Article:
Cornbread – The Essential Food of the Rural South

I grew up in rural southeastern Arkansas. When I say rural, I mean 10 miles on a gravel road from the nearest town which had a population a little below 3,000. We did not have electricity nor indoor plumbing until I was in the first grade. Getting a telephone line out to the house took a lot longer and that did not happen until after I graduated from college. We did have a television and got one station or two if the weather was just right. On Saturday night someone would climb the ladder to the roof of the house and twist the TV aerial so we could see Lawrence Welk.

Without fail, everyday my mother made a pan of cornbread for supper (We always referred to the evening meal as “supper”). During the summer, it did not matter that the kitchen was unbearably hot, the oven would still be turned on to cook the cornbread. Leftover cornbread was crumbled in a glass of buttermilk and eaten with a spoon. During the summer, the leftover cornbread was cut in chunks, mixed with fresh tomatoes, chopped onion and green pepper, some crumbled bacon if there was some left from breakfast and mixed with Miracle Whip (we grew up on Miracle Whip rather than mayonnaise) to make Cornbread Salad.

The first thing my mother taught me to cook was cornbread. The recipe that I copied when in elementary school began with, “Light the oven.” We had a gas oven that did not have an automatic pilot light and had to be lit with a match in order to turn it on.

One question that comes up with cornbread lovers is sugar or no sugar? With my family it is definitely no sugar in cornbread. Putting sugar in cornbread would be sacrilegious. Also, cornbread is not cut in squares. It is cut in wedges… unless you are my husband who grew up in New York state and used to horrify my mother by cutting off slices on the edge  in order to get a lot of crust.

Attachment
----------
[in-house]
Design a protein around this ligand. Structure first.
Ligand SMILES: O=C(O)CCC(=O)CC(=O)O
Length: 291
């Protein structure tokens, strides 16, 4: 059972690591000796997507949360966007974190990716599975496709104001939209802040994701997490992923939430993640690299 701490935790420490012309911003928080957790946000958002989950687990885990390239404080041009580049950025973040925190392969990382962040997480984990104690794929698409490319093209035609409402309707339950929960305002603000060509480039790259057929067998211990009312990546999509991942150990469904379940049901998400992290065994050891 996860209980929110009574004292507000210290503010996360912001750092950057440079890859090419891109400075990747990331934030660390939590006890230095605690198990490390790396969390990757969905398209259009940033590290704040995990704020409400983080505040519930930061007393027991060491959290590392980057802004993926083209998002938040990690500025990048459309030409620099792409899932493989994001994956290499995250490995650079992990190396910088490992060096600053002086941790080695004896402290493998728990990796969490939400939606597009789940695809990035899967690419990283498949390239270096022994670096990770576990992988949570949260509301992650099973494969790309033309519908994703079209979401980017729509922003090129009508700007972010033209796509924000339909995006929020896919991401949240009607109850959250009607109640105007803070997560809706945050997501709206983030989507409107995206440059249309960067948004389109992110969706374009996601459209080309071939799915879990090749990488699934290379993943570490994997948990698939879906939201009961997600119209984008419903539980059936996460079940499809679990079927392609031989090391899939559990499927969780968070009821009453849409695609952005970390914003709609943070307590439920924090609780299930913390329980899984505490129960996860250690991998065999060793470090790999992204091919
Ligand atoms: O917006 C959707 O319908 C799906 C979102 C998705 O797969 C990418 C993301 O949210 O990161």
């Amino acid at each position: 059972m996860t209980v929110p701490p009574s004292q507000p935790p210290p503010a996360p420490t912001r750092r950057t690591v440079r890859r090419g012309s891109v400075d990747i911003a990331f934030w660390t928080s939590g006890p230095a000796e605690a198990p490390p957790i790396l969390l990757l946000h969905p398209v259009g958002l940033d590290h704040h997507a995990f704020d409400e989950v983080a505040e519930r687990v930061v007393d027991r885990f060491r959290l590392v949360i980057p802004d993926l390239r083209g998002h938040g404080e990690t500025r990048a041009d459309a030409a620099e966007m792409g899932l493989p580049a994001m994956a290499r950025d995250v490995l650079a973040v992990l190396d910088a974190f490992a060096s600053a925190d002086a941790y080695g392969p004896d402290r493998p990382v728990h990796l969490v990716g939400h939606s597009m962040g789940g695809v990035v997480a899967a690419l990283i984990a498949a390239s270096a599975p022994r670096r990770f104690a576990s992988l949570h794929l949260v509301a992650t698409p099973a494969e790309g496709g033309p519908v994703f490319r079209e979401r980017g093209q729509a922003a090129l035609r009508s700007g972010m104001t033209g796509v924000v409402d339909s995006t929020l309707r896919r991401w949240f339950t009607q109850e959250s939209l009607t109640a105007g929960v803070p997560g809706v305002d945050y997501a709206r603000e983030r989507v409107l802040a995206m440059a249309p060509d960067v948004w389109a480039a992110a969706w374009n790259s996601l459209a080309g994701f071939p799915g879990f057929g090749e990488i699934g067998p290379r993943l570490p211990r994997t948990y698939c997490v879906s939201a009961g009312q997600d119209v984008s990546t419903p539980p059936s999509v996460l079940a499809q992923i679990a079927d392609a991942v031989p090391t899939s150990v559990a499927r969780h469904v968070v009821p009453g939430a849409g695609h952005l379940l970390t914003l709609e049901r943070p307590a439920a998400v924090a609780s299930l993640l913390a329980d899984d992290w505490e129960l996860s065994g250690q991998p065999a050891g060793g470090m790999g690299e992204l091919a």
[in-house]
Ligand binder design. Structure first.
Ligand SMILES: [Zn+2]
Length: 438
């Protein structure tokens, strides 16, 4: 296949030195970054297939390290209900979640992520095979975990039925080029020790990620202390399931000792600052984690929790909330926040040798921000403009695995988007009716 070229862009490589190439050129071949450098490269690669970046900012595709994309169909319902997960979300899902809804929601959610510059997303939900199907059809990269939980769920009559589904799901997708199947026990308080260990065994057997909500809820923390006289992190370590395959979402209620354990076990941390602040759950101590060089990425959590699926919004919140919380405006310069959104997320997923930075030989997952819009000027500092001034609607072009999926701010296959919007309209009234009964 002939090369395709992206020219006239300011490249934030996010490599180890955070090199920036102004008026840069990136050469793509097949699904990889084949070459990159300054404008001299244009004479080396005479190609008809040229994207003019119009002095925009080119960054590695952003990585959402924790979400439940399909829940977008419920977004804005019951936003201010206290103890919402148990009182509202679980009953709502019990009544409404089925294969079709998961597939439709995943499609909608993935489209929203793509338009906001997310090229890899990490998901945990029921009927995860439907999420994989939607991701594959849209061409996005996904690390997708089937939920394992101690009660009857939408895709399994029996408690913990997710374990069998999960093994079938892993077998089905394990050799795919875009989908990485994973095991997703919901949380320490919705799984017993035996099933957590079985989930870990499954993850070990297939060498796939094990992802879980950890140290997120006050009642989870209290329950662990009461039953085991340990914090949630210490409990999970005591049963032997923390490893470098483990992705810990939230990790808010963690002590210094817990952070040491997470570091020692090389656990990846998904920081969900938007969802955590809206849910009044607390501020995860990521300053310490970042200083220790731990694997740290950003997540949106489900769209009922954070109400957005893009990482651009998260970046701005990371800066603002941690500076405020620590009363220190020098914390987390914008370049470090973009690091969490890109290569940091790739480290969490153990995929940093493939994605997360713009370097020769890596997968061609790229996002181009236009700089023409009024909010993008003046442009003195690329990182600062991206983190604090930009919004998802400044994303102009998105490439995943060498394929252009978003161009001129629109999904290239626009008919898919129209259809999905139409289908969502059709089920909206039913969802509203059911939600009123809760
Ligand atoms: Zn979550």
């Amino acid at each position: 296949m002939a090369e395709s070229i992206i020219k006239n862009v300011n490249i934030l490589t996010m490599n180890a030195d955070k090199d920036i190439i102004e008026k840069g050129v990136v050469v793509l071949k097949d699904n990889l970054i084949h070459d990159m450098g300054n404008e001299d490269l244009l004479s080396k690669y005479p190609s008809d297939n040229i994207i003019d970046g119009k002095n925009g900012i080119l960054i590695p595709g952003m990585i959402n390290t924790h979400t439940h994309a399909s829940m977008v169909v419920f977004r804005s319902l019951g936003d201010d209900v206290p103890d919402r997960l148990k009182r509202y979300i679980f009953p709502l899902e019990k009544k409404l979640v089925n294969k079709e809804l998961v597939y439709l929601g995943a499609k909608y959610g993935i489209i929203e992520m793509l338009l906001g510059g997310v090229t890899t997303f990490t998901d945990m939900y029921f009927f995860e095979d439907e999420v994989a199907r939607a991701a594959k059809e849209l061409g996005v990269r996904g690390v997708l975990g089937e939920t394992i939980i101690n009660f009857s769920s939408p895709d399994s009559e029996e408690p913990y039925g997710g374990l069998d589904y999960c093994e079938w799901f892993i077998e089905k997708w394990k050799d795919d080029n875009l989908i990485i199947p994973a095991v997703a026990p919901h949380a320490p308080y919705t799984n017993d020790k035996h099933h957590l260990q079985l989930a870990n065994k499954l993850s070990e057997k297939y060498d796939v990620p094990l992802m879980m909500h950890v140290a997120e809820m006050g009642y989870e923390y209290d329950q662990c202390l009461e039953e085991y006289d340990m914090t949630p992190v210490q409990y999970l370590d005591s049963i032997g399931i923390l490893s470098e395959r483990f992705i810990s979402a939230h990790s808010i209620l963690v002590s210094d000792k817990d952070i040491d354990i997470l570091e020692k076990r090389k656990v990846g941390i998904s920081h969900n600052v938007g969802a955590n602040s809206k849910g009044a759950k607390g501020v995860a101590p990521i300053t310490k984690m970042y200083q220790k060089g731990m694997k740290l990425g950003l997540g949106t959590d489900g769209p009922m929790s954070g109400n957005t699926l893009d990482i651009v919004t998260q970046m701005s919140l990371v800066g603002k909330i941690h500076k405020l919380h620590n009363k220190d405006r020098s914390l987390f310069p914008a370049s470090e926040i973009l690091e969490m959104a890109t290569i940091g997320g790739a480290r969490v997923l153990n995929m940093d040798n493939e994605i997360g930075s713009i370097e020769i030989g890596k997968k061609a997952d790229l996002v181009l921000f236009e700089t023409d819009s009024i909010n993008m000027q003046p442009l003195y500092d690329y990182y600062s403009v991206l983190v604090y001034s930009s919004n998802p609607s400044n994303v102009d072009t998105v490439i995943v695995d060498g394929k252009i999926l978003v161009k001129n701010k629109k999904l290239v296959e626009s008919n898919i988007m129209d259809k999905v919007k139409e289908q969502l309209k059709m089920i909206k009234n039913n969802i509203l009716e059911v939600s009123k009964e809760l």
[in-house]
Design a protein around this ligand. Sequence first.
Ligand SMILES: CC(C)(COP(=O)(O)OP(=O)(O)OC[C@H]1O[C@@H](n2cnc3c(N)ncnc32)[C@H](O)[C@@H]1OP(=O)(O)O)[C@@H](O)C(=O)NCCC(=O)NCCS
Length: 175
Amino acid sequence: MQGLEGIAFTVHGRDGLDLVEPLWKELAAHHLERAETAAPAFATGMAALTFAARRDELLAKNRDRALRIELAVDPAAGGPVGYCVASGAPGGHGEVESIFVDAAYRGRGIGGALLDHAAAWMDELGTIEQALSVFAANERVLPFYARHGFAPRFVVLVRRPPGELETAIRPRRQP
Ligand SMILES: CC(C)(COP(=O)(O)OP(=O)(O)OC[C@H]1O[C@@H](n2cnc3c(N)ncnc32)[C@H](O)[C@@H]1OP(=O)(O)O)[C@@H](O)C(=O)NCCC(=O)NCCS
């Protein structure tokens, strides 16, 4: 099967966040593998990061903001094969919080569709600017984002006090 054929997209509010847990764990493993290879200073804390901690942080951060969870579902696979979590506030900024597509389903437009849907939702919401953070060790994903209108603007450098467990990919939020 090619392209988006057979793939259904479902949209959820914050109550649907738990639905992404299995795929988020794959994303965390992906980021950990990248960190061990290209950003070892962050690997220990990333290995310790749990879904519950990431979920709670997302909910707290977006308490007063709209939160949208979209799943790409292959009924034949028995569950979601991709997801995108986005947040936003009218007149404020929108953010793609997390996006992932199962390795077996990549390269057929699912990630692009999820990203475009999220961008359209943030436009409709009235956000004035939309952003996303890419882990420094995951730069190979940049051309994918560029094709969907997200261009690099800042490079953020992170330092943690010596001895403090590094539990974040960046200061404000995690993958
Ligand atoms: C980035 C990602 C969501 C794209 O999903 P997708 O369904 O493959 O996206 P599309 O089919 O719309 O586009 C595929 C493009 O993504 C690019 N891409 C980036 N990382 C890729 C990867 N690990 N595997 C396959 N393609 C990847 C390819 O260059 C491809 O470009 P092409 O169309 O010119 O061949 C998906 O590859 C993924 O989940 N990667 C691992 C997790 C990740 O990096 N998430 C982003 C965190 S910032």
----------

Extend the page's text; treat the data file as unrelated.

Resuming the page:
A comment on my mother’s recipe… She always had buttermilk in the refrigerator and self-rising flour in the cabinet. If you do not always have those two items on hand, you may want to substitute the buttermilk by using regular milk and stirring in a tablespoon of vinegar. Self-rising flour can be substituted by adding 3/4 teaspoon baking powder to all purpose flour.

Cornbread

1 cup cornmeal

1/2 cup self-rising flour

1 teaspoon baking soda

1 teaspoon salt

1 egg

3/4 to 1 cup (approximately) buttermilk

1. Preheat oven to 400 degrees. Measure and sift the dry ingredients together. Add the egg and buttermilk and mix well.

2. Grease an iron skillet (8 inch)  or some other appropriate cornbread pan and heat skillet/pan.

3. Pour the cornbread batter into the hot pan. Bake in 400 oven approximately 20 minutes.

4. Turn bread out on plate and enjoy with slathers of butter, some type of meat with gravy and lots of fresh garden vegetables.

2 comments on “Cornbread – The Essential Food of the Rural South

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